27 November 2017:

This week's progress:

1) A total of 77 students applied for the "adjoint school" of Applied Category Theory 2017. 16 were chosen, and I believe they include these lucky folks:

  • Daniel Cicala (part of the group working with Pawel Sobocinski on "Modelling of open and interconnected systems")

  • Jade Master (part of the group working with Martha Lewis on "Compositional approaches to linguistics and cognition")

  • Joseph Moeller (part of the group working with Aleks Kissinger on "Unification of the logic of causality")

2) After 841 days, the referee finally coughed up a report on a paper that Brendan Fong and I had submitted to TAC, A compositional framework for passive linear networks. The report is very detailed, about 8 pages long, and says our paper should be published "in some form" but demands major revisions, mainly shortening the paper. While this is tiresome, I think we can do it, since the referee explains exactly how - and I think our paper will be improved.

This quote says it all:

This paper has a wonderfully interesting subject matter, and with
well-chosen notations and terminology, and a better-structured, more
concise presentation, it could be a "gem". But in its current state, I
found that even though I was motivated to read the paper, and even
though I think I am a pretty close approximation of the intended
audience, it took me many months and lots of stamina to fight my way
through it.

It's worth a bit of extra work to create a "gem".

3) Last Monday I attended Paul-André Melliès' habilitation defense, along with

  • the category theorist / computer scientist Gordon Plotkin

  • the co-inventor of braided monoidal categories and the inventor of combinatorial species, André Joyal,

  • the inventor of linear logic, Jean-Yves Girard,

  • the computer scientist Thierry Coquand who gave his name to the programming language Coq,

  • the mathematician Pierre-Louis Curien, an expert on rewriting theory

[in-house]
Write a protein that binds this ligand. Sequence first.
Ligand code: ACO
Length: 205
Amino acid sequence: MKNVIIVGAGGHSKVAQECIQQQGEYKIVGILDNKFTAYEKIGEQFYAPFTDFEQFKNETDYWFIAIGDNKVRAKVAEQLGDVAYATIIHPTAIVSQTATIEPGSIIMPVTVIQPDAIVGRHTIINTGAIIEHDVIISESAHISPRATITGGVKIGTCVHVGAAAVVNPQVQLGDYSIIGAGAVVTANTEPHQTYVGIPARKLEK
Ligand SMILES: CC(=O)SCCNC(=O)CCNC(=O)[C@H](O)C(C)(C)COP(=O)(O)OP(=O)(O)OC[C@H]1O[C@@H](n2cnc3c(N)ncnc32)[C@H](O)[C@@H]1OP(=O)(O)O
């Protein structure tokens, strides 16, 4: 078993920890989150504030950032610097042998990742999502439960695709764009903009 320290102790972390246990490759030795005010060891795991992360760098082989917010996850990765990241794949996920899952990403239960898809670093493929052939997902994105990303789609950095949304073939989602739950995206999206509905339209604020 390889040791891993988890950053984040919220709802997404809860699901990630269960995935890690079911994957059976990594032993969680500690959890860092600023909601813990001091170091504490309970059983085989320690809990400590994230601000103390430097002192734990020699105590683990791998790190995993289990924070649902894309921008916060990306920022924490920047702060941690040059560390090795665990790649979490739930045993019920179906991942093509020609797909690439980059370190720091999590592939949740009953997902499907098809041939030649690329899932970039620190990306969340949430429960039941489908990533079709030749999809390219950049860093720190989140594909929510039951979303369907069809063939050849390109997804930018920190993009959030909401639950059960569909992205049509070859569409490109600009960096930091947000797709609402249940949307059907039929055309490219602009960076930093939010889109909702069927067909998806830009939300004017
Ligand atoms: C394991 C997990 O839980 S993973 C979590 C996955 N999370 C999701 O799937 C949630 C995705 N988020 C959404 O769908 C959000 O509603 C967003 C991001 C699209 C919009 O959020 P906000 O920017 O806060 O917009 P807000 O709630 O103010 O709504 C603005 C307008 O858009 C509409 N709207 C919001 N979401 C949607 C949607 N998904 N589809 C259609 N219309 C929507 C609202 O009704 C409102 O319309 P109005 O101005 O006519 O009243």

• the mathematician George Gonthier who came up with a fully formalized proof of the 4-color theorem using Coq, and

  • Karine Chemla, an expert on the history of Chinese mathematics who is a friend of Lisa's - I was surprised to see her there!

Paul-André passed his defense, and I spent the rest of the week talking to him about the connection between star-autonomous categories, compact closed categories, Frobenius monoids, topological quantum field theory and logic.

There's a big mystery here: there seems to be some primitive form of logic which has topological quantum field theory and propositional logic as special cases, and we'd like to know why. He wants to invite me to Paris for 3 months sometime to work on this. That would be great.

On Tuesday I gave a talk on "our stuff"

  • Compositionality in network theory

Abstract. To describe systems composed of interacting parts, scientists and engineers draw diagrams of networks: flow charts, Petri nets, electrical circuit diagrams, signal-flow graphs, chemical reaction networks, Feynman diagrams and the like. In principle all these different diagrams fit into a common framework: the mathematics of symmetric monoidal categories. This has been known for some time. However, the details are more challenging, and ultimately more rewarding, than this basic insight. Two complementary approaches are presentations of symmetric monoidal categories using generators and relations (which are more algebraic in flavor) and decorated cospan categories (which are more geometrical). In this talk we focus on the latter.

André Joyal liked it a lot and said he wanted to read some of our papers. Nicholas Behr had some very interesting ideas on chemistry as a stochastic process of graph rewriting (since molecules are like graphs), and pointed me to these papers he helped write:

I think we should work on this stuff, since we've got all the techniques!
I also had a great conversation with Mathieu Anel on how symplectic geometry shows up in both classical mechanics and thermodynamics, which revived my dream of somehow unifying quantum mechanics and statistical mechanics. He gave me some clues that might overcome the obstacles I'd been stuck on.

So, a great visit!